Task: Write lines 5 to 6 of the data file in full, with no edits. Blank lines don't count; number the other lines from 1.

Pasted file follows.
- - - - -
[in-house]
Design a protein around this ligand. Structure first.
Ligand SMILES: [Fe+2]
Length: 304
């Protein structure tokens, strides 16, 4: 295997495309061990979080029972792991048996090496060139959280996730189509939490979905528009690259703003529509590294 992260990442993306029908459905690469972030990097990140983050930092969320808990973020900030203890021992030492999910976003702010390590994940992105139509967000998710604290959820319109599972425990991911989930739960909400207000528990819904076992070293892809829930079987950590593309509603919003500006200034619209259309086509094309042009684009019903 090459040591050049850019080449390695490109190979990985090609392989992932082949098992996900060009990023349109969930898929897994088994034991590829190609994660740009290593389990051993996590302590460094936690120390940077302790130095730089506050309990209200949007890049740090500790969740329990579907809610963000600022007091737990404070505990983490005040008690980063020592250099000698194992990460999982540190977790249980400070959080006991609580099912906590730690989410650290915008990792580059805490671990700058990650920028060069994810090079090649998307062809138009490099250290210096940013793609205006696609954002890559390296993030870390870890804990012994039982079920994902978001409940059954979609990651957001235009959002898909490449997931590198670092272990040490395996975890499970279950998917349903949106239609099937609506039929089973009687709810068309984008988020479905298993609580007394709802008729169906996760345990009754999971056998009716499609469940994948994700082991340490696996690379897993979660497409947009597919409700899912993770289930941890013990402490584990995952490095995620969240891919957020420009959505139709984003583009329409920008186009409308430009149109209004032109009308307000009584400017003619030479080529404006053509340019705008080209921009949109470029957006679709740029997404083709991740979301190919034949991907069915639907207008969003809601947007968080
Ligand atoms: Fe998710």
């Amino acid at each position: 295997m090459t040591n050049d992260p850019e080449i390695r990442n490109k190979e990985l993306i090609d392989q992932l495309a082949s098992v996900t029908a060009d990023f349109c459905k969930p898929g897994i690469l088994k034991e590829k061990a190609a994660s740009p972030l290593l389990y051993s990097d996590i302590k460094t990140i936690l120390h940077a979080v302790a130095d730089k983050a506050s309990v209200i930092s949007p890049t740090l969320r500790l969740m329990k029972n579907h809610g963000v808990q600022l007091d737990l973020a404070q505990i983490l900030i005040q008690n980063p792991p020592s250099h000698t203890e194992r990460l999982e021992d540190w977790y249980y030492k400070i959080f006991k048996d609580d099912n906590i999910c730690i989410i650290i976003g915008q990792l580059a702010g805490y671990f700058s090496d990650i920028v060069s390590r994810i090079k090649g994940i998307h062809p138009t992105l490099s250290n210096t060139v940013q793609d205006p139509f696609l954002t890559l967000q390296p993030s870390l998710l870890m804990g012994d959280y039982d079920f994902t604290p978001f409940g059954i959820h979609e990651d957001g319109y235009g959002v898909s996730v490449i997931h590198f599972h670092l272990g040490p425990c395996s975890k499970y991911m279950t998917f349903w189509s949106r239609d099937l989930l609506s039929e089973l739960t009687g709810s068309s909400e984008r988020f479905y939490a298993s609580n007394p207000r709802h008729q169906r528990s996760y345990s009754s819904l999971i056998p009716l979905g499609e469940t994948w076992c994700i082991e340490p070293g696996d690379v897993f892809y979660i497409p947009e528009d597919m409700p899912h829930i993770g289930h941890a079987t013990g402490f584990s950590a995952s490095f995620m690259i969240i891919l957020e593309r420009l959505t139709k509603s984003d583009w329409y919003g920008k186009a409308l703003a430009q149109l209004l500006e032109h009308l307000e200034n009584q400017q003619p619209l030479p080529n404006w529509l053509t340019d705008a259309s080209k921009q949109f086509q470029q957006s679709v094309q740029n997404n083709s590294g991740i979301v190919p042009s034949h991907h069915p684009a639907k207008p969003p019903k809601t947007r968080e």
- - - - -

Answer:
């Protein structure tokens, strides 16, 4: 295997495309061990979080029972792991048996090496060139959280996730189509939490979905528009690259703003529509590294 992260990442993306029908459905690469972030990097990140983050930092969320808990973020900030203890021992030492999910976003702010390590994940992105139509967000998710604290959820319109599972425990991911989930739960909400207000528990819904076992070293892809829930079987950590593309509603919003500006200034619209259309086509094309042009684009019903 090459040591050049850019080449390695490109190979990985090609392989992932082949098992996900060009990023349109969930898929897994088994034991590829190609994660740009290593389990051993996590302590460094936690120390940077302790130095730089506050309990209200949007890049740090500790969740329990579907809610963000600022007091737990404070505990983490005040008690980063020592250099000698194992990460999982540190977790249980400070959080006991609580099912906590730690989410650290915008990792580059805490671990700058990650920028060069994810090079090649998307062809138009490099250290210096940013793609205006696609954002890559390296993030870390870890804990012994039982079920994902978001409940059954979609990651957001235009959002898909490449997931590198670092272990040490395996975890499970279950998917349903949106239609099937609506039929089973009687709810068309984008988020479905298993609580007394709802008729169906996760345990009754999971056998009716499609469940994948994700082991340490696996690379897993979660497409947009597919409700899912993770289930941890013990402490584990995952490095995620969240891919957020420009959505139709984003583009329409920008186009409308430009149109209004032109009308307000009584400017003619030479080529404006053509340019705008080209921009949109470029957006679709740029997404083709991740979301190919034949991907069915639907207008969003809601947007968080
Ligand atoms: Fe998710």